Visitors to New Zealand could find themselves struggling to find accommodation unless the tourism sector ramps up the construction of hotels, the government says.
A new report from New Zealand Trade and Enterprise has found 26 new hotels above what is already planned will need to be built in the next decade to keep up with growth in the tourism sector.
Commissioned as part of a government scheme aimed at boosting private-sector investment, the report says the country will be short about 4500 hotel rooms across Auckland, Rotorua, Wellington, Christchurch and Queenstown by 2025 at current projections.
Auckland alone will be short nearly 1800 rooms.
Economic Development Minister Steven said it was the first time data had been collected on future hotel demand.
"While there is significant hotel investment underway and planned, this report underlines the size of the opportunities there are to grow the sector in New Zealand," Mr Joyce says.
The research says international tourists will make up the bulk of the demand rise, growing by an estimated 5.4 per cent a year, and most will be looking for four-star accommodation or better.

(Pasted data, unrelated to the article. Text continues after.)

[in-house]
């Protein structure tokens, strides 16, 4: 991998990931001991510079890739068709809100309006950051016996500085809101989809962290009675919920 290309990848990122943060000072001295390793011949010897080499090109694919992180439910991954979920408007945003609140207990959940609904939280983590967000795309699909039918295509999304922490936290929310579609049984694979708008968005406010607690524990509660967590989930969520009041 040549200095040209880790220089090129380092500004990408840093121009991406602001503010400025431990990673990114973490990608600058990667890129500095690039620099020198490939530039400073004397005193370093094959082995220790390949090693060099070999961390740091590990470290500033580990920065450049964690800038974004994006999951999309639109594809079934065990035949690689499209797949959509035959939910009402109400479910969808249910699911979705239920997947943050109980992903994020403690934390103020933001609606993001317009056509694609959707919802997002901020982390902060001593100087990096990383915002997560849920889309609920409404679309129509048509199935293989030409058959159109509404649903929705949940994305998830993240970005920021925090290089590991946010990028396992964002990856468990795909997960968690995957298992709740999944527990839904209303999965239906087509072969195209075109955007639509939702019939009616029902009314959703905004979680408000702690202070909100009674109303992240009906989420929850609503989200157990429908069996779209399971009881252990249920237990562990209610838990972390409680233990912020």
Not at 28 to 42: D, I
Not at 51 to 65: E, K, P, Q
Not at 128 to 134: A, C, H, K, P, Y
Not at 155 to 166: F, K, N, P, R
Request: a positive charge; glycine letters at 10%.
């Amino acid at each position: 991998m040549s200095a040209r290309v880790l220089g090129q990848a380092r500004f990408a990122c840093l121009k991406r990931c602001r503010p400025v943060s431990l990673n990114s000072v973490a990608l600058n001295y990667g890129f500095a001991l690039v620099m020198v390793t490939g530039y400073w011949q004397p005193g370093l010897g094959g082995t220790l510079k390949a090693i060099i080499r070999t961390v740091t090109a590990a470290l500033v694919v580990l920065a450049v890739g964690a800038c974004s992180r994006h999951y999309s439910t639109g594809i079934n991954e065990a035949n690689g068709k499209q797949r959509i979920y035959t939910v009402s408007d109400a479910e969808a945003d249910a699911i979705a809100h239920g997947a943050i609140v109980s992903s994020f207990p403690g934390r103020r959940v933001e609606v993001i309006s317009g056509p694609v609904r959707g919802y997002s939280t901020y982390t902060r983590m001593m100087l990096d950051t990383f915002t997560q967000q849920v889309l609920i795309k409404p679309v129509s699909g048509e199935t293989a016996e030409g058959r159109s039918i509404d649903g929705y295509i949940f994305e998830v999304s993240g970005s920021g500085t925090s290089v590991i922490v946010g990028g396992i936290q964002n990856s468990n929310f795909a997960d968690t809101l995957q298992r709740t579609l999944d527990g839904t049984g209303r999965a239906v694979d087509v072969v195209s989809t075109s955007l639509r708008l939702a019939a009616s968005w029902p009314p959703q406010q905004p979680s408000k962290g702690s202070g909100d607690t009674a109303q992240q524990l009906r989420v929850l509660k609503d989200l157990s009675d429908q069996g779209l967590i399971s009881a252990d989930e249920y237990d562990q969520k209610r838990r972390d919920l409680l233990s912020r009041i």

But Tourism Industry Aotearoa chief executive Chris Roberts said he hoped the report would attract more investors into the New Zealand hotel business, it would be a struggle given more favourable markets overseas.
"For example, Sydney's hotel occupancy rate across the year is 88 per cent and the average room rate is $NZ254 ($A237.87). Auckland's hotel occupancy rate has risen from the `70s to 84 per cent, but the average room rate is still only $NZ152."
"The ability to deliver additional hotels is heavily dependent on managing a number of constraints, including financial feasibility, site availability, resource and building costs, finance and timing delays."
Wellington Regional Economic Development Agency chief Chris Whelan said it was working closely with NZTE to market Wellington as an investment opportunity.
The report found there were currently 20,000 rooms across the five main centres, and demand would rise by 9700 by 2025 - while current projects only provide about 5200.